I say all of that to say that the pairing of Holtz with Nico Hischier and Timo Meier is intriguing, and after the work Holtz put in over the summer, it’s a positive sign that the Devils are indeed going to give Holtz every opportunity to sink or swim this season with the big boys on the roster. I’m not sure there’s a better duo you could potentially ask for to put with a young winger trying to find his way in the NHL.

Now that Bruins legend Patrice Bergeron is retired, one could argue that Nico Hischier is the best defensive forward in the NHL. Whether one agrees with that or not, it is indisputable that Hischier plays a good two-way game while being skilled enough to get the puck to the other playmakers on his line. I don’t know that there’s any forward on the roster who exemplifies hard work and “responsible play” moreso than the captain. With Meier on that line as well, the Devils don’t have to ask Holtz to play the prototypical power forward game that Meier has done in the past. Hischier and Meier can do a lot of the dirty work on that line while Holtz can play his game and do what he does well. If Holtz is capable of doing the little things to earn their trust, he should be able to show off some of the puck skills and his shot that made him a 7th overall draft pick in the first place.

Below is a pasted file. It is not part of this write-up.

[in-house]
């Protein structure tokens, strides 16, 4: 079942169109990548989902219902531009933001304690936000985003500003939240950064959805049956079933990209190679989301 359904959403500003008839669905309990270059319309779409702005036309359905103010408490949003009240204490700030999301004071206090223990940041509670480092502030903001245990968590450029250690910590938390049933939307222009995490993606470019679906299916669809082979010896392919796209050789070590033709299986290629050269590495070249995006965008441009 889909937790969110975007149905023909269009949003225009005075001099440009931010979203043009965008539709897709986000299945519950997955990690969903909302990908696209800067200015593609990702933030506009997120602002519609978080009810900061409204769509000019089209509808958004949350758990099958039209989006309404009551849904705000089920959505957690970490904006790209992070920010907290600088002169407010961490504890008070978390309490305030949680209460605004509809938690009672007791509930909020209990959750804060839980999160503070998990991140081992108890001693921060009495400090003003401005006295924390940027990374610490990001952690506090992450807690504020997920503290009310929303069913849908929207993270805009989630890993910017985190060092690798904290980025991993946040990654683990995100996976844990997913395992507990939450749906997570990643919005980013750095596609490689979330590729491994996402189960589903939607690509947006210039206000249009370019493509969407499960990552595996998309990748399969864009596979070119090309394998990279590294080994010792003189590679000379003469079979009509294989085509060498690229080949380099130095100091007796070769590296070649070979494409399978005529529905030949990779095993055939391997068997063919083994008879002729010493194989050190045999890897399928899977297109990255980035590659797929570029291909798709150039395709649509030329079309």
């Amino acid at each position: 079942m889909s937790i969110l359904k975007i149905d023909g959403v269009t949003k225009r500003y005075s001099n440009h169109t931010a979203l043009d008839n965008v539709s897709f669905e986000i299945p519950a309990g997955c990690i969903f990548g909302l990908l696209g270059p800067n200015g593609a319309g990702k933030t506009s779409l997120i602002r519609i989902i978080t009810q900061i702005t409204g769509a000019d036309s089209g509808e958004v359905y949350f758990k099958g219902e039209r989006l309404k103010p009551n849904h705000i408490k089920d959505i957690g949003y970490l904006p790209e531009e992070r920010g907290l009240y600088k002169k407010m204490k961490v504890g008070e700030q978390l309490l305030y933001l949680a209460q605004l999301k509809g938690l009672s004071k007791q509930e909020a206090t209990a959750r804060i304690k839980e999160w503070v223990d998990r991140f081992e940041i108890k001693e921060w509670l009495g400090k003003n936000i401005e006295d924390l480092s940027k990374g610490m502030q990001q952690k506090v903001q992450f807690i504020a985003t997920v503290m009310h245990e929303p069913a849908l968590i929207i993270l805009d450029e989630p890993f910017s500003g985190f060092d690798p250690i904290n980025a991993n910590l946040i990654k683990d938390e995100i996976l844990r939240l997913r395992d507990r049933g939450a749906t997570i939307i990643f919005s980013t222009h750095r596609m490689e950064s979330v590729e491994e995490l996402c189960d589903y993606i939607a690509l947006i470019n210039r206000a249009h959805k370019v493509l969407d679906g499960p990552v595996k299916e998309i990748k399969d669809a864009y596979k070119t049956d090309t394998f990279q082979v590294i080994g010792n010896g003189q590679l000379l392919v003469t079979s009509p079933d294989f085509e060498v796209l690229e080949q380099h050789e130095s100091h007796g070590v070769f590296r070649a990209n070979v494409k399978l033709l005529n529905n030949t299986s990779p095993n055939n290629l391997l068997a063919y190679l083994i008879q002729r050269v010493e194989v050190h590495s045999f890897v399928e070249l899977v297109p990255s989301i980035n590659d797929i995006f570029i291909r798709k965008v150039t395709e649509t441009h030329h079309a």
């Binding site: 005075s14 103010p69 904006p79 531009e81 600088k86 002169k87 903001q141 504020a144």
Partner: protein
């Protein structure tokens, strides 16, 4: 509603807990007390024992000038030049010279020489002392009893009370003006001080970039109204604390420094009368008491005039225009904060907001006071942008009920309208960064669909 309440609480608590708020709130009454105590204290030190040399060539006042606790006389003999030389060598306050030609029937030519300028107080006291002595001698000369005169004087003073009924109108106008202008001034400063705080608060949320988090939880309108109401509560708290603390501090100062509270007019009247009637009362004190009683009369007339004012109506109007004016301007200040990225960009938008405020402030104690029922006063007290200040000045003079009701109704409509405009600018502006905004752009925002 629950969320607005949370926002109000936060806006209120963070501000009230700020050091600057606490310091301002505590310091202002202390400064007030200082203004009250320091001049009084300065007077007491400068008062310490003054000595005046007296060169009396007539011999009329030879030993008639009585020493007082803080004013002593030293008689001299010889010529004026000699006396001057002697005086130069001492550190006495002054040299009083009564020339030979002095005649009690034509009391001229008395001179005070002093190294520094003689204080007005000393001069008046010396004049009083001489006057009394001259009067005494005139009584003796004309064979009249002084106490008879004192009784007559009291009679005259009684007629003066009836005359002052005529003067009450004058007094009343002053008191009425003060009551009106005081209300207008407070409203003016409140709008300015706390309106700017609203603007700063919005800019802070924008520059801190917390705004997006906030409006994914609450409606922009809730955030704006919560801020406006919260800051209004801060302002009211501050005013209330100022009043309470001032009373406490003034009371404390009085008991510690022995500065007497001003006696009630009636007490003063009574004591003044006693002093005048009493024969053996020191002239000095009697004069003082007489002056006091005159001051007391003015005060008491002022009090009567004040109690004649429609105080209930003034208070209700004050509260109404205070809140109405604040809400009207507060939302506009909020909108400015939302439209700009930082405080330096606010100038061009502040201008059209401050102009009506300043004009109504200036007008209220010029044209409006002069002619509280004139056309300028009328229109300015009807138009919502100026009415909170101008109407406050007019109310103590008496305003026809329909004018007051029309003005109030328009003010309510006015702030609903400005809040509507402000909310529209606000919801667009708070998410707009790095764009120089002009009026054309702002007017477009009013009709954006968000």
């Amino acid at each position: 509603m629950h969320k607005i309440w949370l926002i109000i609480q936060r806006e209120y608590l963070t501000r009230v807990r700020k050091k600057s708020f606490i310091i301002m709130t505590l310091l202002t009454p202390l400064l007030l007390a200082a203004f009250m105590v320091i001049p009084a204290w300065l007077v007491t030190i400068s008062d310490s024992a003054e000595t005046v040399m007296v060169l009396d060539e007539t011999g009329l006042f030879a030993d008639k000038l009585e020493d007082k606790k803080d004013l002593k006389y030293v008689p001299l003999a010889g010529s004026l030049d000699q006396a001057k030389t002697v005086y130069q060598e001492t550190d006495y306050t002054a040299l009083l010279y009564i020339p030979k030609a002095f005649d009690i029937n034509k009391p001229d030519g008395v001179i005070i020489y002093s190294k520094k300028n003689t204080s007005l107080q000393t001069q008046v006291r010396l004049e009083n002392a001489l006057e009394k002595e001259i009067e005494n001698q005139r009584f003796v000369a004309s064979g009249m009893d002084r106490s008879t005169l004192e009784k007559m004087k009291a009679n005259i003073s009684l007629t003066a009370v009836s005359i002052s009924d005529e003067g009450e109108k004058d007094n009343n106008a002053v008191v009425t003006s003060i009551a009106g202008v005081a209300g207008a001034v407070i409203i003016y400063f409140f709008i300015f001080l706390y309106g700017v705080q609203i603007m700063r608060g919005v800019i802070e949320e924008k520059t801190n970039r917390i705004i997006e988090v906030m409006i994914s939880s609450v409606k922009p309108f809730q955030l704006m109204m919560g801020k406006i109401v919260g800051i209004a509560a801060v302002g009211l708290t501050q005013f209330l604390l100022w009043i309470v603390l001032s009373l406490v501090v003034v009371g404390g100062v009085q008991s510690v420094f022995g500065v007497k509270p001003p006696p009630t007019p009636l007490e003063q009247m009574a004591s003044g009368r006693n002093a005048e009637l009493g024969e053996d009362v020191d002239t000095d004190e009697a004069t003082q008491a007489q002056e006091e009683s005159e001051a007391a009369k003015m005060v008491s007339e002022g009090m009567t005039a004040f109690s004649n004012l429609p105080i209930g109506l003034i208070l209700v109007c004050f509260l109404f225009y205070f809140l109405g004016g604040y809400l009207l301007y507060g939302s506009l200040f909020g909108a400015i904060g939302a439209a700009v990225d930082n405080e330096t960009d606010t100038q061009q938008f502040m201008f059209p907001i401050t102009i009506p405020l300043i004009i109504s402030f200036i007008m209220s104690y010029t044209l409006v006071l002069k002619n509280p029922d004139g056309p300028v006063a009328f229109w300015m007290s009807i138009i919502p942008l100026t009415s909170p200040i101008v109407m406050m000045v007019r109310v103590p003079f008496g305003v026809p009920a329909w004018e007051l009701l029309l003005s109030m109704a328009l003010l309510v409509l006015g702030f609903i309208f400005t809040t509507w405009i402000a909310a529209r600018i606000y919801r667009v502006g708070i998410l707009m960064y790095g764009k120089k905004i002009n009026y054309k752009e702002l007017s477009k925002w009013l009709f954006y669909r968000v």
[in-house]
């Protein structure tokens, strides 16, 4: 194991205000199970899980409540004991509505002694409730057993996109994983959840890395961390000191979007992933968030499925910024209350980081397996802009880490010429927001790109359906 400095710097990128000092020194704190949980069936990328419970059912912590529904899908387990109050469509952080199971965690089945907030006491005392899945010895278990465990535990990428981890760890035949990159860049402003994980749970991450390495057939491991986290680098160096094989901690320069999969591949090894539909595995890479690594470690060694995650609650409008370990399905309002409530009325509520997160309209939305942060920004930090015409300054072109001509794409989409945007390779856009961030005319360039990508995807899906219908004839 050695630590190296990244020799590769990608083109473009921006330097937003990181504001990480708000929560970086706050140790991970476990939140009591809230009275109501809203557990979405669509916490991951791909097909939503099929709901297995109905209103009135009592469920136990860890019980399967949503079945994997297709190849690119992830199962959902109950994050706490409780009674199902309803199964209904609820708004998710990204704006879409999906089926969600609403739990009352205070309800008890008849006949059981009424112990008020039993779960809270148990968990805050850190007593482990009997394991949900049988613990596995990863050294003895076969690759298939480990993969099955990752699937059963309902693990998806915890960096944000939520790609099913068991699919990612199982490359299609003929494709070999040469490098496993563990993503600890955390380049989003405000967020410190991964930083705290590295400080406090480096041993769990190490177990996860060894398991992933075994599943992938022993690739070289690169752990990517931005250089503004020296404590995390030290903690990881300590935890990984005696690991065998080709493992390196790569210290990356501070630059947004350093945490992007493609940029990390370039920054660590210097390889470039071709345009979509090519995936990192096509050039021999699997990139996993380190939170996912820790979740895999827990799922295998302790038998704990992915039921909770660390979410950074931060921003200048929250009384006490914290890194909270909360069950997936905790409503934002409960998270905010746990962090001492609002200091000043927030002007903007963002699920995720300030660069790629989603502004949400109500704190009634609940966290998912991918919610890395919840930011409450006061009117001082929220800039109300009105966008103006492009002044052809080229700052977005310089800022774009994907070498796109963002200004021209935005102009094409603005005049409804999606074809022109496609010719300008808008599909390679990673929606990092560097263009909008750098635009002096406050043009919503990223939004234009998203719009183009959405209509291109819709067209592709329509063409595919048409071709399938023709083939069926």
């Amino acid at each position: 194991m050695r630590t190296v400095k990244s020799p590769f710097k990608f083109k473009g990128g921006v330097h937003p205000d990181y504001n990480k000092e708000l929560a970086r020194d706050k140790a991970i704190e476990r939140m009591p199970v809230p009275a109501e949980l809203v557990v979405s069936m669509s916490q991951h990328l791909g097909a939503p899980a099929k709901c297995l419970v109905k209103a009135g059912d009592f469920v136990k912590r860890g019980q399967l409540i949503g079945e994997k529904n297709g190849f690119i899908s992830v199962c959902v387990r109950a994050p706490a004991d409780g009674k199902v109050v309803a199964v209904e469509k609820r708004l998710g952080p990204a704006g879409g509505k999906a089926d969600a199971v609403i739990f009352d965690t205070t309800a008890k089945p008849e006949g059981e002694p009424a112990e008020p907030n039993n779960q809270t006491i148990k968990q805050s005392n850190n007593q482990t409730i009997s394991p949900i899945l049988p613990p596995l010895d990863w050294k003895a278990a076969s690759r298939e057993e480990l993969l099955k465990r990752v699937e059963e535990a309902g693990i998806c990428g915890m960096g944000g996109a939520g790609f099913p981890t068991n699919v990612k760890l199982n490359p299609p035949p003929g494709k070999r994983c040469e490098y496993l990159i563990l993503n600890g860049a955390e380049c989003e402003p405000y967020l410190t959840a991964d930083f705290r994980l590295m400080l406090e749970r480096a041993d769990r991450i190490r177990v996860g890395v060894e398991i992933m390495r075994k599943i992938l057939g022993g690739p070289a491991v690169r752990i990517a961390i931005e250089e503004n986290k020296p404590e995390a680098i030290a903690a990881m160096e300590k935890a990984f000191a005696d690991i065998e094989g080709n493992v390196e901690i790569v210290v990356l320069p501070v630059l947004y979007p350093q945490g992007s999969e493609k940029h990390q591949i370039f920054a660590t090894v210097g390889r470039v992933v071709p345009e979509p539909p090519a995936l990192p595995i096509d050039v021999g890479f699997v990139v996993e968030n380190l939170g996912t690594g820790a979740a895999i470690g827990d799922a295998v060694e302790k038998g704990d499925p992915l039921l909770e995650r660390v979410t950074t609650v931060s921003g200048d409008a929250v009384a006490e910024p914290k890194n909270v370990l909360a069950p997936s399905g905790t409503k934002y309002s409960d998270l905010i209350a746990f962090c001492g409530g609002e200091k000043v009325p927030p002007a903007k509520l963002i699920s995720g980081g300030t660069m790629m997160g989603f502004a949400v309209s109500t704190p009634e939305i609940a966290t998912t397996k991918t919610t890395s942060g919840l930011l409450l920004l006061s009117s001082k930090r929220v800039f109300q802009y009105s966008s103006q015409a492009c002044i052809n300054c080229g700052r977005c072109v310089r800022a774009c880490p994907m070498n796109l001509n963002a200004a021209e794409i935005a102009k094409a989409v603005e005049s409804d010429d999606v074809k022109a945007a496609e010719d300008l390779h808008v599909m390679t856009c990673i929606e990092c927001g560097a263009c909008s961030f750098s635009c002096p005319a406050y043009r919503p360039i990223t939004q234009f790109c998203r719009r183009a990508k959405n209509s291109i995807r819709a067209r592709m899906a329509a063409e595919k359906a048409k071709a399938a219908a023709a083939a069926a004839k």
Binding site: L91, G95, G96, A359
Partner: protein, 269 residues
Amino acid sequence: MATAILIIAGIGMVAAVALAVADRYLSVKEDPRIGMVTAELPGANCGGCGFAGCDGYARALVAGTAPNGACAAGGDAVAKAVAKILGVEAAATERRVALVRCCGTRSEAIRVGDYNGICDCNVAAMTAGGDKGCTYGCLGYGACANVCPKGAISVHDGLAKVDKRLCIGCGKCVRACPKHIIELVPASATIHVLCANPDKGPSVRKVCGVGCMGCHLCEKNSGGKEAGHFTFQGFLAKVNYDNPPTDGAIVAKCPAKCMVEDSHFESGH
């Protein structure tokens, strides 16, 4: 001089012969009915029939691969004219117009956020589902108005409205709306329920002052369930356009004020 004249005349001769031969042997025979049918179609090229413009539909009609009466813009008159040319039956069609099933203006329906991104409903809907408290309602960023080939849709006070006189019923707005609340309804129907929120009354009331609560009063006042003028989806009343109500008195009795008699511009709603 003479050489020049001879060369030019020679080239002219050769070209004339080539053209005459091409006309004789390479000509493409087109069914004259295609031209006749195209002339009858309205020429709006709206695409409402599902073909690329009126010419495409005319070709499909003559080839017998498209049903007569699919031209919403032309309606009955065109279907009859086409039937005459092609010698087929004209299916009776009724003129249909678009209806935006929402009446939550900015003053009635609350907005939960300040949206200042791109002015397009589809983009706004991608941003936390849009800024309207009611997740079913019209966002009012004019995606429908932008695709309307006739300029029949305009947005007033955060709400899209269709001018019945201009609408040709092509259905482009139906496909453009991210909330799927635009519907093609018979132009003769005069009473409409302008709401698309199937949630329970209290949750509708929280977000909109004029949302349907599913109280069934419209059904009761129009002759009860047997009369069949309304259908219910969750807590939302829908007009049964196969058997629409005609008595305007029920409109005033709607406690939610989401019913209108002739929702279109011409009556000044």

We got a taste of that in Monday’s preseason win over the Flyers. I’ll preface this by saying it’s preseason, the Flyers are bad, and a lot of the players Philadelphia skated in that game are a combination of has-beens and never-will-bes. I’m also not a professional hockey scout. With all of that out of the way, I thought Holtz was noticeable in a positive way with his skating and involvement in the run of play. Yes, there were some opportunities to make some plays that he couldn’t connect on, but in terms of checking, play away from the puck, being able to keep pace with his linemates, and how he was moving around to put himself in a position to make plays, I thought the positives outweighed the negatives. And I think that is where having a pair of reliable veterans who play the right way helped. It’s a huge step from last season when Holtz’s most common linemates at 5v5 were.....(checks notes).....Yegor Sharangovich and Jesper Boqvist. I don’t mean any disrespect to the two now-former Devils, but we’re talking about two players who found themselves in and out of the lineup themselves due to inconsistencies in their respective games. Hischier and Meier are quite an improvement in that regard.